SOURCE: Norton Reamer, Jesse Downing, authors

December 15, 2015 10:00 ET

New Year's Resolution for Savvy Investors: Look Back at the History of Investment for Lessons for 2016

Understanding History Is a True Bonus for Investors to Be the Best Advocates for Their Own Financial Interests, Say Norton Reamer and Jesse Downing, Authors of a New Book, Investment: A History

BOSTON, MA--(Marketwired - Dec 15, 2015) - Thinking about how to improve your portfolio next year? Don't forget the last three thousand.

A healthy understanding of investment history is a true bonus for investors -- lay and professional alike -- to avoid pitfalls and to be the best advocates for their own financial interests. Whether it's running a personal retirement account or a university endowment, ancient history has lessons for portfolios today.

That's according to Norton Reamer and Jesse Downing, co-authors of Investment: A History (Columbia Business School Publishing, February 2016). Reamer is also the founder of United Asset Management and former CEO of Putnam Investments, and Downing is an investment professional in Boston. The book traces the history of investment, from the ancient world to the present day, and draws lessons for today's investors at all levels.

Reamer and Downing note that for thousands of years, the only people who qualified as "investors" were wealthy and politically connected landowners. Yet in the blink of an eye, historically speaking, that world has been replaced by one full of investment opportunities for average people -- stocks and bonds, mutual funds, life insurance, pensions and real estate.

"The key is that successful investors throughout history have stuck to a few basic principles," says Reamer. "As complex as investing can be, it is, at the same time, possible to avoid some obvious mistakes."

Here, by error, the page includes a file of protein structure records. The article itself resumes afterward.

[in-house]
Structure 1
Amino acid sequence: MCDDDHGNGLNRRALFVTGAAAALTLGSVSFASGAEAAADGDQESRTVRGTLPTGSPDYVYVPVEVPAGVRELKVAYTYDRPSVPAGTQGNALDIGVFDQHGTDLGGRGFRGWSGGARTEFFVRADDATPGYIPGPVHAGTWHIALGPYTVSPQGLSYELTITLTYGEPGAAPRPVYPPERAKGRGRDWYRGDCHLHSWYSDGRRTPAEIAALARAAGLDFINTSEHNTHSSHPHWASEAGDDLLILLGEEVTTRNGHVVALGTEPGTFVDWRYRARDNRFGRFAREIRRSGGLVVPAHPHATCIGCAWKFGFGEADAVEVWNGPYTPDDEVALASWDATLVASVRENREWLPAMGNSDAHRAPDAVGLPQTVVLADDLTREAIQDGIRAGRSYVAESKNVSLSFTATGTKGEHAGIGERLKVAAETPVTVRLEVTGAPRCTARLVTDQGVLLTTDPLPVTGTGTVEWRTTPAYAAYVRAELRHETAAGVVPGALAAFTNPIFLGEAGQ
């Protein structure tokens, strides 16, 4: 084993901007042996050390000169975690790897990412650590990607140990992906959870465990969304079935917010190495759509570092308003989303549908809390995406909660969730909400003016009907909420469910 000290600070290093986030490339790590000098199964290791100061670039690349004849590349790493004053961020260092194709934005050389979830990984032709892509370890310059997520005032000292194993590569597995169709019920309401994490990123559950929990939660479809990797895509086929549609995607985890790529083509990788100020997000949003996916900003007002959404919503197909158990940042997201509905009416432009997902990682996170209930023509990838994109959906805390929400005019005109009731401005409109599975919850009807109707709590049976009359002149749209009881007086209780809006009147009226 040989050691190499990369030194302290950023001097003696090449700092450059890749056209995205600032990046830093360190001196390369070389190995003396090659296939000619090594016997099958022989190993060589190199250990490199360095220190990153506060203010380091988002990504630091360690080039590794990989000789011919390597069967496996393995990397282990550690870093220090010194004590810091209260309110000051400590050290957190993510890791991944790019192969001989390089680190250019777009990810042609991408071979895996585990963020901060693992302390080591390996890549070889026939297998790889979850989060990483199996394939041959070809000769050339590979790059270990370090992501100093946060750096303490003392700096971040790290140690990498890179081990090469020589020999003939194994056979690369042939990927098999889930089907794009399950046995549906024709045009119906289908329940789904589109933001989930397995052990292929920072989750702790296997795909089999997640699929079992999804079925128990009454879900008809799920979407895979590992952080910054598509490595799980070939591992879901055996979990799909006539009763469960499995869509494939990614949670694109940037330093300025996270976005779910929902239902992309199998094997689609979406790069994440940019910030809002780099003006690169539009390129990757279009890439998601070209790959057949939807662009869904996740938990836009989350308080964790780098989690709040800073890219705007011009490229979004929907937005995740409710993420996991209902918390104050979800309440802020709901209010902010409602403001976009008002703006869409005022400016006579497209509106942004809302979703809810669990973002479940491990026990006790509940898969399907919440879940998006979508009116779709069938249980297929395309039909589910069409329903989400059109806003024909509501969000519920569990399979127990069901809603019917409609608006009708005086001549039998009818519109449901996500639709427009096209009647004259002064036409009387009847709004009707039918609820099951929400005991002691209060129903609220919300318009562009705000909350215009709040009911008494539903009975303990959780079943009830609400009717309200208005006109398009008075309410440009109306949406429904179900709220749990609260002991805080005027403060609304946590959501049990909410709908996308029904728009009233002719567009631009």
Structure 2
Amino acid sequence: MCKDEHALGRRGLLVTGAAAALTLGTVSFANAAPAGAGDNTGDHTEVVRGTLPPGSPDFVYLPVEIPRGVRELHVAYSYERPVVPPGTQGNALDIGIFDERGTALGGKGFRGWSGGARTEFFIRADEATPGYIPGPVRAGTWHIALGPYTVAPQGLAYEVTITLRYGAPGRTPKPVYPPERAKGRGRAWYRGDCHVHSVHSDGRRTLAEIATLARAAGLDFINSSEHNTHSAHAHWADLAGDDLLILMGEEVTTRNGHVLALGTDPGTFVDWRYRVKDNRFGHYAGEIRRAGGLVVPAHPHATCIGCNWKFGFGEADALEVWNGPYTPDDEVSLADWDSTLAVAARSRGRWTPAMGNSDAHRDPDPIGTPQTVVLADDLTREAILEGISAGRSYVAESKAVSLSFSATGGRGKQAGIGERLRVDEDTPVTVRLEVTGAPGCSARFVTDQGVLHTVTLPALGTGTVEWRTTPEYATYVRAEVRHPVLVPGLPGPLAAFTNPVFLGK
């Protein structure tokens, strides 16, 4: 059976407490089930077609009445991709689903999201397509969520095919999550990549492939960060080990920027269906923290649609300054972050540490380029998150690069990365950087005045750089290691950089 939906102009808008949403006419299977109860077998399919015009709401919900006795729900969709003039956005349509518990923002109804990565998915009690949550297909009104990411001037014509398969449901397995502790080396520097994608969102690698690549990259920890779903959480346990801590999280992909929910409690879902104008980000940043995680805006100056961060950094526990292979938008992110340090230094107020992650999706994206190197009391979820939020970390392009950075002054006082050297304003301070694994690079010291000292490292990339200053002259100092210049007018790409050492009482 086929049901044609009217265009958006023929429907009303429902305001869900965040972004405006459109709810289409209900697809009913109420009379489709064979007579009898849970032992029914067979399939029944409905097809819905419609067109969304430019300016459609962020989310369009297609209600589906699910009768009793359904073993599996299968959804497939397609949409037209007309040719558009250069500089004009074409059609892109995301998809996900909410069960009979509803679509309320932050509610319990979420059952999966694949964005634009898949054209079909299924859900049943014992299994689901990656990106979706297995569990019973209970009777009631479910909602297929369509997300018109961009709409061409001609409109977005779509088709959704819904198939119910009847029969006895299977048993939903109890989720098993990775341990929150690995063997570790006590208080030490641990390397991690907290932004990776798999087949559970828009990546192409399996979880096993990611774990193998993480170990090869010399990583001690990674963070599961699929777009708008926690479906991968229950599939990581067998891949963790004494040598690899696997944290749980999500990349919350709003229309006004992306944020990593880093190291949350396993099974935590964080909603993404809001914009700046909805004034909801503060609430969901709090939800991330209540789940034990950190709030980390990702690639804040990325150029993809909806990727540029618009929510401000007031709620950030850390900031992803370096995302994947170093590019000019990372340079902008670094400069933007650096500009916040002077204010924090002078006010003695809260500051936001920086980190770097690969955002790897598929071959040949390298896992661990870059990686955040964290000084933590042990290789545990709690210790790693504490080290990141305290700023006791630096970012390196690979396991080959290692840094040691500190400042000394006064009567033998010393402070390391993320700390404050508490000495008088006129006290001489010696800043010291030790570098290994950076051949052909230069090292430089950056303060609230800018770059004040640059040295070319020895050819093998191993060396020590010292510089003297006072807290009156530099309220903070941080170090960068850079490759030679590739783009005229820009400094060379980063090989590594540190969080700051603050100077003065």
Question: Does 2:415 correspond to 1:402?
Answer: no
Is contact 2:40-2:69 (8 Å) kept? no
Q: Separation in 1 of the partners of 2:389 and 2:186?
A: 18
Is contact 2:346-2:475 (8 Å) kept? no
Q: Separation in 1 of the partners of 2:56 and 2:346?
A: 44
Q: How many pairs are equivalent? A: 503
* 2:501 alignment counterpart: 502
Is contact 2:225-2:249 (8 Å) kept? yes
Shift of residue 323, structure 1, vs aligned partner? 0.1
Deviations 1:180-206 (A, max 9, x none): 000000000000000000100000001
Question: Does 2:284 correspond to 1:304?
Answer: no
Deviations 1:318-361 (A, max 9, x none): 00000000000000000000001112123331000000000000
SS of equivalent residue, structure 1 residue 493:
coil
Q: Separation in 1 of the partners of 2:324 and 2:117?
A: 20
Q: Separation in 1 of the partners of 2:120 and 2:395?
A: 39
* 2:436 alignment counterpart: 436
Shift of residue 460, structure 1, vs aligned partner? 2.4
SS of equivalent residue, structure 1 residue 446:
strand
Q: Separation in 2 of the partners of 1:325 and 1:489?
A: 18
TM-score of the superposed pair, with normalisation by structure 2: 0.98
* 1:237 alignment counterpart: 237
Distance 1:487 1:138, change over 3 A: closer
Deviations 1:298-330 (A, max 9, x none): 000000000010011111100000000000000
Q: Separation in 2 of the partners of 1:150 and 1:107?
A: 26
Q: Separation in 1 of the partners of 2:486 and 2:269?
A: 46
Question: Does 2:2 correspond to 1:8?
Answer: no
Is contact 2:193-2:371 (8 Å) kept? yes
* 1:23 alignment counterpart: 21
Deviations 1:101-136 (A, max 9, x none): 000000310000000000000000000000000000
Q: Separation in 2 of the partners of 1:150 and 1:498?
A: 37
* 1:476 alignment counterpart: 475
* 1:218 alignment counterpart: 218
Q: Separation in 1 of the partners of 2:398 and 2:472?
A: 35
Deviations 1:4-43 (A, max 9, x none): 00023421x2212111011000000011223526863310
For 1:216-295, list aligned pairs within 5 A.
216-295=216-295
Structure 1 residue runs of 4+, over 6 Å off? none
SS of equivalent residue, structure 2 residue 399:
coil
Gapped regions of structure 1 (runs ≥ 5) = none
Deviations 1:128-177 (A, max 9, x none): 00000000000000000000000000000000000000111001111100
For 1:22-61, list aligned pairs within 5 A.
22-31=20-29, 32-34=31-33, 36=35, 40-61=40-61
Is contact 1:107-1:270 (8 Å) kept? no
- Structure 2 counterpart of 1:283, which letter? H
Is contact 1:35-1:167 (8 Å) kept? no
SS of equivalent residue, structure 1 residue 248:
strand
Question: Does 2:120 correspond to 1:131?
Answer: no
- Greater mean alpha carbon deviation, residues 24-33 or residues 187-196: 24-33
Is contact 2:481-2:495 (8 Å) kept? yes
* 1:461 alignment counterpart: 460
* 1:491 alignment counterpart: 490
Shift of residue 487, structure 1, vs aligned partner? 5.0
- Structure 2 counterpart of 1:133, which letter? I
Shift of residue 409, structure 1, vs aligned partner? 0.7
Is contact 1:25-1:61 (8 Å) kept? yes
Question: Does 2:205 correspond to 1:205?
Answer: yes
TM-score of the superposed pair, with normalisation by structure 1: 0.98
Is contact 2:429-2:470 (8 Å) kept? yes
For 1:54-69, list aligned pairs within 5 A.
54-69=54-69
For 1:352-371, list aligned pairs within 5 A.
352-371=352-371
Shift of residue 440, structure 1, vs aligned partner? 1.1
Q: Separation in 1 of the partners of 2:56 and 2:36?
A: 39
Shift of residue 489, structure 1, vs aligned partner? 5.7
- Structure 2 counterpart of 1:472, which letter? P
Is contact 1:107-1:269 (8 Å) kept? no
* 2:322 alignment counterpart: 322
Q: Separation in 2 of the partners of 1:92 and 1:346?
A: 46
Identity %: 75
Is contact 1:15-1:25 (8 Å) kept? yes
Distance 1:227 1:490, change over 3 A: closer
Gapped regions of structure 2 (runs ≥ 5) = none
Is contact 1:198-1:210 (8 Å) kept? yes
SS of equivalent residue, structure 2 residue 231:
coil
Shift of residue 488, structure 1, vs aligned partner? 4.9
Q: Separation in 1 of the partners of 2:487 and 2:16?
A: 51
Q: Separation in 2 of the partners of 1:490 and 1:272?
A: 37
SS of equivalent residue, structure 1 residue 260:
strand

Reamer and Downing have identified four guideposts that can help investors as they head into 2016:

1. Focus on what's "real" -- Don't get distracted by the form of an investment (e.g., a stock certificate or a bond note). Make sure you understand the real asset behind the piece of paper, such as the company behind the stock you are buying, or the public works project issuing the bond. When buying a mutual fund or other packaged investment the same rule applies: make sure you understand the fund manager's criteria for buying and selling securities in the portfolio. Focusing on what's "real" should always be the priority.

2. Focus on fundamental "value" -- In its simplest form, the value of an investment today is determined by the present value of its future cash generation -- that is, the future cash that the investment will produce over its lifetime. Don't be distracted by market gyrations. Take a long-term perspective and understand that markets go up and down, often for reasons other than fundamental value. Investors often forget this basic rule and allow emotion to guide their decisions -- and make mistakes as a result.

3. Consider the intelligent use of leverage -- Excessive leverage is dangerous, but most of the great fortunes in history were built using moderate and smart amounts of leverage. For example, a home mortgage is a sensible form of leverage for most families. On the other hand, taking out a second mortgage to fund a speculative investment is probably foolhardy.

4. Allocate your capital -- Every investment is an "allocation" of capital. That is, it's a choice between competing priorities and opportunities. Make informed, deliberate choices and tradeoffs as you decide where to put your money -- especially when the choice is between saving, spending, and investing. Think through your needs. Do your best to be accountable to yourself. Set some objectives and stick to them.

"Investment is one of humanity's most fundamental activities, and in the modern world it's open to more people than ever before," adds Downing. "We encourage everyone to learn some basic investment principles and take full advantage of this unprecedented opportunity."

Contact Information

  • To arrange a conversation with Mr. Reamer and Mr. Downing, please contact
    Eric Mosher
    Sommerfield Communications, Inc.
    eric@sommerfield.com
    212-255-8386